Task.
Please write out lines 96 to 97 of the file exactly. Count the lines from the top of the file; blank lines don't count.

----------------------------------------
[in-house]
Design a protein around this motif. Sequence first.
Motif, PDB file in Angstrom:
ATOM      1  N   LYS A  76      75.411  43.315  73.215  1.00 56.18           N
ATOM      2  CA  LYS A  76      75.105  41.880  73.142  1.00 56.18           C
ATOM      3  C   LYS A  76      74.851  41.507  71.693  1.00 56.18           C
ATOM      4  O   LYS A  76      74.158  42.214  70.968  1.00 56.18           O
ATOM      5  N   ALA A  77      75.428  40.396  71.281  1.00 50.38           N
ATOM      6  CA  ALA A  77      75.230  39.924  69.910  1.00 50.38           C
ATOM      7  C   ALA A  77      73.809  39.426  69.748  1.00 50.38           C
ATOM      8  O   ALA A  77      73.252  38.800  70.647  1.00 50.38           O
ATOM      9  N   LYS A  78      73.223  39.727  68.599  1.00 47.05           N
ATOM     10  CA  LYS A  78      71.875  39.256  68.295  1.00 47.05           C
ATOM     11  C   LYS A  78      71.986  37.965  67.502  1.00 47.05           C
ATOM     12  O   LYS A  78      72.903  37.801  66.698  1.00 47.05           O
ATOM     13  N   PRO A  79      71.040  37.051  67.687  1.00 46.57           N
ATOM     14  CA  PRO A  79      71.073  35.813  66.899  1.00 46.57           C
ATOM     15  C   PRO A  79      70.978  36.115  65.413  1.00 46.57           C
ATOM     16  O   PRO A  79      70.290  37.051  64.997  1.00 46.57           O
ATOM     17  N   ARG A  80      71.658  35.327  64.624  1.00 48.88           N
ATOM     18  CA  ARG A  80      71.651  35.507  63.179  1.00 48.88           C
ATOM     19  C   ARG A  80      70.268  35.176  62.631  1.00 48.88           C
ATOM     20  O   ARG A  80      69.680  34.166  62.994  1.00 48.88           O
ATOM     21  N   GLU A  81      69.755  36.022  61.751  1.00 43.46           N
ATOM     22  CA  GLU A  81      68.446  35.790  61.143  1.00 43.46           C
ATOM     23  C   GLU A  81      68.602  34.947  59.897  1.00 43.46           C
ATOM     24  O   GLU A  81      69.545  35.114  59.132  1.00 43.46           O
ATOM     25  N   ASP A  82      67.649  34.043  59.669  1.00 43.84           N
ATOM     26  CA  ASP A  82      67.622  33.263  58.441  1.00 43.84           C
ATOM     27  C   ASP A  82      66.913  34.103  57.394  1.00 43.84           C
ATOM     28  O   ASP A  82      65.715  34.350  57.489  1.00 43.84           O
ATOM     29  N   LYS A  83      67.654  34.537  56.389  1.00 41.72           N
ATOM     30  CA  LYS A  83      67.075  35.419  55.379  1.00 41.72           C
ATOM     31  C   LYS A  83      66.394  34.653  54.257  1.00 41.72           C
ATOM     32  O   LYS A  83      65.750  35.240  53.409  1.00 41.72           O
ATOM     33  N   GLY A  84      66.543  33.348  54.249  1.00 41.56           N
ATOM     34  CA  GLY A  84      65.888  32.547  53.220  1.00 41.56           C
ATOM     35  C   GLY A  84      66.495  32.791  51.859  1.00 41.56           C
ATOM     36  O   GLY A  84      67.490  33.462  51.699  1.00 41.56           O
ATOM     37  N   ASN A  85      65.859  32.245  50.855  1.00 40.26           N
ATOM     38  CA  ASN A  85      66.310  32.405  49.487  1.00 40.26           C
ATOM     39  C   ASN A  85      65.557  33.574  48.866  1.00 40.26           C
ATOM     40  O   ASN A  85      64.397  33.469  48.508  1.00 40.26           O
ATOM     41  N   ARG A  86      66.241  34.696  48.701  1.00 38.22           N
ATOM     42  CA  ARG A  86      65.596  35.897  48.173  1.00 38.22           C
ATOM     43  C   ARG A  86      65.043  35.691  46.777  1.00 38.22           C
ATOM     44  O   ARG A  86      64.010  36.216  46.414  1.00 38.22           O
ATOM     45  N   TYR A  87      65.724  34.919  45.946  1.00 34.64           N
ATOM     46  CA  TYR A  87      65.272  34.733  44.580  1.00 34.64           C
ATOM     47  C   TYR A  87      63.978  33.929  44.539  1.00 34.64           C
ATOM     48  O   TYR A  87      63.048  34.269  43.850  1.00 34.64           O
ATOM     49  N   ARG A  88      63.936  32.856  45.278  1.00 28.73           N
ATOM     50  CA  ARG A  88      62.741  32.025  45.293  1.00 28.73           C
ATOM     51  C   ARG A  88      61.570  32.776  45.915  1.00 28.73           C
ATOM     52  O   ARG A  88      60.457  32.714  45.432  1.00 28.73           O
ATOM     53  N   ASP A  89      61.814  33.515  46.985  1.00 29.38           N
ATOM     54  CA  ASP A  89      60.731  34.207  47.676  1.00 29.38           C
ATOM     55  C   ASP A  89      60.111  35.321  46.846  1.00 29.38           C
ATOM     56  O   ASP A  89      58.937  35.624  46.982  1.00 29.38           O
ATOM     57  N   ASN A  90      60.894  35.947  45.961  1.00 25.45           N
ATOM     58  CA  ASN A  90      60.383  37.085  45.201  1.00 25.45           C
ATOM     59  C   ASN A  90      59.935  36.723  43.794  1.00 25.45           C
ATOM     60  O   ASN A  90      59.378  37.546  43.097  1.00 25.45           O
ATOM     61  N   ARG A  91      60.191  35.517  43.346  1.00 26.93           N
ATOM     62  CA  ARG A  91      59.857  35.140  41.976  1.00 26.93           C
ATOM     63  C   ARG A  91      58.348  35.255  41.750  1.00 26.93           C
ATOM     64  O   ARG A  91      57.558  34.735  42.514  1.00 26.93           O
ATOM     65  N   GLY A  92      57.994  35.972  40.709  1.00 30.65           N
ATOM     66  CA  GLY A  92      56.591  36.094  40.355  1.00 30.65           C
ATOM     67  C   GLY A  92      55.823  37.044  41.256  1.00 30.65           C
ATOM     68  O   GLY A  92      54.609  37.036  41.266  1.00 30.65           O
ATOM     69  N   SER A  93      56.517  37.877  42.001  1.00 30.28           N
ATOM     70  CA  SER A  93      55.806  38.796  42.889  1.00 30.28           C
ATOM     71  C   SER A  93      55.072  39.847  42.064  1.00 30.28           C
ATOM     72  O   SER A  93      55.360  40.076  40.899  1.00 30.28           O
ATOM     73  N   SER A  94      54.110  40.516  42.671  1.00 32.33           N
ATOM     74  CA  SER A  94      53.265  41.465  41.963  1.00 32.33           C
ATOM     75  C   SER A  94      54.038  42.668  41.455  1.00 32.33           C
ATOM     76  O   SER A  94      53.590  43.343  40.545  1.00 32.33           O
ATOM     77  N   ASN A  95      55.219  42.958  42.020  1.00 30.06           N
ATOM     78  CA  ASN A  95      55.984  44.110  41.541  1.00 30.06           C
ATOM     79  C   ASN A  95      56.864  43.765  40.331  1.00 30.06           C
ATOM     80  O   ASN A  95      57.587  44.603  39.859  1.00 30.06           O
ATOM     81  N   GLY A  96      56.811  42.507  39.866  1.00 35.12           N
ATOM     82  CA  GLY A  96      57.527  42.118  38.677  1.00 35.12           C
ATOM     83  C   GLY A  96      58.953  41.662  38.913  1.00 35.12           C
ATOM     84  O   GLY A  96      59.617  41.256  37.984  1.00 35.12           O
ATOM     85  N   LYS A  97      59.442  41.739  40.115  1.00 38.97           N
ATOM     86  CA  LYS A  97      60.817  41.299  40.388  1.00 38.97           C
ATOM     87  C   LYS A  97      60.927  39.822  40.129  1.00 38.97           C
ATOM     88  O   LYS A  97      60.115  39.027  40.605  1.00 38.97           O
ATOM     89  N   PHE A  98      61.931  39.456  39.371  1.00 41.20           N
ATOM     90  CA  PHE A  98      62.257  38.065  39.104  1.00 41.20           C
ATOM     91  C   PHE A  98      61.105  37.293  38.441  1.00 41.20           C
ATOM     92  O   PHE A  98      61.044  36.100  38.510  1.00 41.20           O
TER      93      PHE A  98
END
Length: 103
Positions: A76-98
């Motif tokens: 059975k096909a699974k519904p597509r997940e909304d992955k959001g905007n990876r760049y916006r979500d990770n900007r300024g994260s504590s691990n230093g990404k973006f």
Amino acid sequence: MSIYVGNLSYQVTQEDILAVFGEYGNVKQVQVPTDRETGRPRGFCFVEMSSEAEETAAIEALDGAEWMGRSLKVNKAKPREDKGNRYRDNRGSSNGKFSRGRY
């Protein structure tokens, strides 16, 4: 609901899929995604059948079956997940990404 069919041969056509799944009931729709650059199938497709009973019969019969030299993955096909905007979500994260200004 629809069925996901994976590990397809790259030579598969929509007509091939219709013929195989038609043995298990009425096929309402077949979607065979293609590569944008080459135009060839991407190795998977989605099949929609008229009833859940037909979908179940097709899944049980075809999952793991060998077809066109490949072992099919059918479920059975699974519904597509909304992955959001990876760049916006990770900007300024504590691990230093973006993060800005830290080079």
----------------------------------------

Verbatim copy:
TER      93      PHE A  98
END